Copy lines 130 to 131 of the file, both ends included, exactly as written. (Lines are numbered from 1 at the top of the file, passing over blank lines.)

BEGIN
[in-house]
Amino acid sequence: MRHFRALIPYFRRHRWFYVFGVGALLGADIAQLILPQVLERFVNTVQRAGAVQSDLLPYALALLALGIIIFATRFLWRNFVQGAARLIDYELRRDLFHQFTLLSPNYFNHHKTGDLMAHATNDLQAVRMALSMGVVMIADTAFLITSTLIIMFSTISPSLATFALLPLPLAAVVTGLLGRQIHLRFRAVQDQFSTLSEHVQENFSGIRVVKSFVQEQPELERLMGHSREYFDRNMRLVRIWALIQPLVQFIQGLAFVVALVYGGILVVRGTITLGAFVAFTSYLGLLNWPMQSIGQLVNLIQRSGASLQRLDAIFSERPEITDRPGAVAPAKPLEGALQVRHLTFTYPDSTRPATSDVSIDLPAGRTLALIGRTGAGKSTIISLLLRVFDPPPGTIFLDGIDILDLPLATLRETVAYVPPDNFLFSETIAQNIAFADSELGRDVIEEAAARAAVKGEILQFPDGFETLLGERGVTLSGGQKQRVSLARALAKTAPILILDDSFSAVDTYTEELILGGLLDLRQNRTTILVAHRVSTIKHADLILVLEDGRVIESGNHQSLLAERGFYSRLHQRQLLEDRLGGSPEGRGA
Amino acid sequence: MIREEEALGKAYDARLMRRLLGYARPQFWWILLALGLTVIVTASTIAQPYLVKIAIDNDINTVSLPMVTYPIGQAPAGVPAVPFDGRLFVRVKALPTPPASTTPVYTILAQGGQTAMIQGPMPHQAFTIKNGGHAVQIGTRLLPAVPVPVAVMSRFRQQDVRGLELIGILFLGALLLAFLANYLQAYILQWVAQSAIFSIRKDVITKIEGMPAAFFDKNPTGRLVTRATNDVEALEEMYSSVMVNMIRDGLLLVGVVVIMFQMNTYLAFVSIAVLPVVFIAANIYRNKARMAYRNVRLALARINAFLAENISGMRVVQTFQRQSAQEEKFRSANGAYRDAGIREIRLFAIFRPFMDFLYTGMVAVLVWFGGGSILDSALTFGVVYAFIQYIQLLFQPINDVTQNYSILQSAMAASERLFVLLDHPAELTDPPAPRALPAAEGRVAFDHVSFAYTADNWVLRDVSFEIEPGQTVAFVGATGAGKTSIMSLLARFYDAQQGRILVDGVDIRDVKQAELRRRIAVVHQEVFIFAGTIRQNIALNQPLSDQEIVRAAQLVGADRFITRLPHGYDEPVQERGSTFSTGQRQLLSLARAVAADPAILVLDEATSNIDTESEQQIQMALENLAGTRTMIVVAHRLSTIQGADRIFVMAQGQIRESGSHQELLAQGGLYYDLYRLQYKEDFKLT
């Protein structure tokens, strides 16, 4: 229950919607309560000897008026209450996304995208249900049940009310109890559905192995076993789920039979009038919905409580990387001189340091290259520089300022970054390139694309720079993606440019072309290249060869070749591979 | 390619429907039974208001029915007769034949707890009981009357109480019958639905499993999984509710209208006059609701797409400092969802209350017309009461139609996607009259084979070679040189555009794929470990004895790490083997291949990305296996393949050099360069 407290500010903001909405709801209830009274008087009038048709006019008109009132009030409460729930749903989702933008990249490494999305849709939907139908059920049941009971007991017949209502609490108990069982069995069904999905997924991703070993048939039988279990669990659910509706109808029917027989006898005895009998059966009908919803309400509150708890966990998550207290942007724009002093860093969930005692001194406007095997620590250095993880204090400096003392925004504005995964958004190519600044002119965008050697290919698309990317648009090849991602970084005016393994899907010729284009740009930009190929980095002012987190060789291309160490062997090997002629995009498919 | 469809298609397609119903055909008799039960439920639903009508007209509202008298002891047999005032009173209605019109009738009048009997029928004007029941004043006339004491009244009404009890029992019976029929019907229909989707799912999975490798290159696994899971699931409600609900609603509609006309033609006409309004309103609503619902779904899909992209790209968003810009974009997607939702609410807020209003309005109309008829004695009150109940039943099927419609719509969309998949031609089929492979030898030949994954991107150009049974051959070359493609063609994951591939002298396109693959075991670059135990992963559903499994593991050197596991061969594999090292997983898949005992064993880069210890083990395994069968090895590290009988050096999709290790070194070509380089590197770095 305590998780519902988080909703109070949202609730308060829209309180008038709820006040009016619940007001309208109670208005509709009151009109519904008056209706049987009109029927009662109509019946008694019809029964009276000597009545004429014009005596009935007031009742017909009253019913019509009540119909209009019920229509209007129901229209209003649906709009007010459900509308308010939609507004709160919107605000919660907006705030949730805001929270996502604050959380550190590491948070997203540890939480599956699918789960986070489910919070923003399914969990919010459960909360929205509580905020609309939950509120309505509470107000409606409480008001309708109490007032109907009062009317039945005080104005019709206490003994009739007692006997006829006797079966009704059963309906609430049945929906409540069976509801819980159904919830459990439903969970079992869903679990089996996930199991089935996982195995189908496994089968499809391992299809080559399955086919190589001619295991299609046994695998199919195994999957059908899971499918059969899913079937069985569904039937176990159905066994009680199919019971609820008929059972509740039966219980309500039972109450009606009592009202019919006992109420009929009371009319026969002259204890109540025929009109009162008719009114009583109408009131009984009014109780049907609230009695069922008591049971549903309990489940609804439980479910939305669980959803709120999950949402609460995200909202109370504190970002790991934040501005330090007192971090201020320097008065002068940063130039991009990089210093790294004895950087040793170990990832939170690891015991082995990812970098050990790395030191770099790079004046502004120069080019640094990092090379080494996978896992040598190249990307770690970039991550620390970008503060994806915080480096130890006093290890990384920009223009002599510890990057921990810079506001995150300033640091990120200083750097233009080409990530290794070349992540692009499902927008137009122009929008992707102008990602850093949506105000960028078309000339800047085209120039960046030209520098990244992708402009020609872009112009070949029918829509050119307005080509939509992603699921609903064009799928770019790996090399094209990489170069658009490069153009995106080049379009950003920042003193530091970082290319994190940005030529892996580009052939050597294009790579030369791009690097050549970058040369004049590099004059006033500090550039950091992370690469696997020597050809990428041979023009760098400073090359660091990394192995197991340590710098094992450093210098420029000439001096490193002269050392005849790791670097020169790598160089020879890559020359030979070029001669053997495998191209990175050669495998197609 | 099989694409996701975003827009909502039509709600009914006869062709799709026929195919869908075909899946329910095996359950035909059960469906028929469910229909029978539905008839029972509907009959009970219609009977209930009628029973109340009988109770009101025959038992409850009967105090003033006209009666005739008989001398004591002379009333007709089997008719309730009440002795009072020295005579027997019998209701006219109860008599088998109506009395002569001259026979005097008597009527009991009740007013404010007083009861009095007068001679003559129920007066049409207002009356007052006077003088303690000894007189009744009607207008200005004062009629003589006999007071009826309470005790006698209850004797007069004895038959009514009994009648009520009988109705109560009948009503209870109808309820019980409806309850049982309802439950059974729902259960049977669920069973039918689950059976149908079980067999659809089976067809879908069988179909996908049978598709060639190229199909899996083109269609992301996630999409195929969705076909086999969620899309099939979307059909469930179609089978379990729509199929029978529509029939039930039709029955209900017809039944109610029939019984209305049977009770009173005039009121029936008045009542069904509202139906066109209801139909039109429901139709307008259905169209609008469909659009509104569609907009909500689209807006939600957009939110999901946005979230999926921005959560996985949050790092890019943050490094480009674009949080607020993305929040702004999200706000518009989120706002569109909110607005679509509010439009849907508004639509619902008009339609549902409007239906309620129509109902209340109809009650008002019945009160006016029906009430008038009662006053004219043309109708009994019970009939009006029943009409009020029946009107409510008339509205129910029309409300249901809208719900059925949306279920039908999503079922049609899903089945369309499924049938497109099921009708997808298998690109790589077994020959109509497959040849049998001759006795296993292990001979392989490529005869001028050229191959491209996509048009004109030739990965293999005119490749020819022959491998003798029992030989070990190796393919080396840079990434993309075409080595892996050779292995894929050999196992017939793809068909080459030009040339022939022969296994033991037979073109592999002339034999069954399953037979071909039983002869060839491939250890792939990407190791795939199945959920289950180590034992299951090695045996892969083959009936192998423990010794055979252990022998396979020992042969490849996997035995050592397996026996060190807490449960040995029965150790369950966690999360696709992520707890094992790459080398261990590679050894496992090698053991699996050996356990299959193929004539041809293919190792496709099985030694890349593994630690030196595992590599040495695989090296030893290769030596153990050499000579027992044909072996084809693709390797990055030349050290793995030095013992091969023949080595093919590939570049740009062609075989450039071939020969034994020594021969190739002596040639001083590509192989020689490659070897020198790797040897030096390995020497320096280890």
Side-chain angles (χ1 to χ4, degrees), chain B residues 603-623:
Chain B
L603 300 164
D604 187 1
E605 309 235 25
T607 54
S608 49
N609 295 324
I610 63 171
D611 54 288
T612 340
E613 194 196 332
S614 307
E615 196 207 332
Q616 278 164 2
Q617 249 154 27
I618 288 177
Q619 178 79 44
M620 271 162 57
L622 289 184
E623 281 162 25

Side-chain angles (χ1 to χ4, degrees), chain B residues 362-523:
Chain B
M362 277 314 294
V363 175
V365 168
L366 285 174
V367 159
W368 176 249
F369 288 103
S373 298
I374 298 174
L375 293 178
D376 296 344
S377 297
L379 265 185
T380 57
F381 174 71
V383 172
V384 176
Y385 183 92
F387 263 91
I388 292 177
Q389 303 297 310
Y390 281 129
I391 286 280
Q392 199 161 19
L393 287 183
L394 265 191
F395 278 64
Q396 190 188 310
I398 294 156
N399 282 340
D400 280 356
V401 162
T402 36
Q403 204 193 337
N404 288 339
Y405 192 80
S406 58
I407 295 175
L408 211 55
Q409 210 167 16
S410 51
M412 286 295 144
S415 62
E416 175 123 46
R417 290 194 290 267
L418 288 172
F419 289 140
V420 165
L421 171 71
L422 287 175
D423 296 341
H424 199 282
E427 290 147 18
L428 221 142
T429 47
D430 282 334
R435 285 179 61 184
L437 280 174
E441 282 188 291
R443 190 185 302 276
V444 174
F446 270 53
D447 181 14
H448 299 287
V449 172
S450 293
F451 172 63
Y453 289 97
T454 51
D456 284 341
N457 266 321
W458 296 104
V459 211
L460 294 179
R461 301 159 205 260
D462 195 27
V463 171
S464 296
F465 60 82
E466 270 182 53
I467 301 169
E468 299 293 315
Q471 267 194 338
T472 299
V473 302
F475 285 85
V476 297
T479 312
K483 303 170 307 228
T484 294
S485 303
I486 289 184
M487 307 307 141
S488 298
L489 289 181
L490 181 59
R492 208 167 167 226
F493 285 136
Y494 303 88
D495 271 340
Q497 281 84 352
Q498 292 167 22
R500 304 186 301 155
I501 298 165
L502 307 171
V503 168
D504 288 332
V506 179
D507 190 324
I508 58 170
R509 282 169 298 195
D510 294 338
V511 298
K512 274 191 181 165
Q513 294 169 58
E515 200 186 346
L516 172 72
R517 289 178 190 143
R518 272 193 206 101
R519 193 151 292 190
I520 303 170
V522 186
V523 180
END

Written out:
R500 304 186 301 155
I501 298 165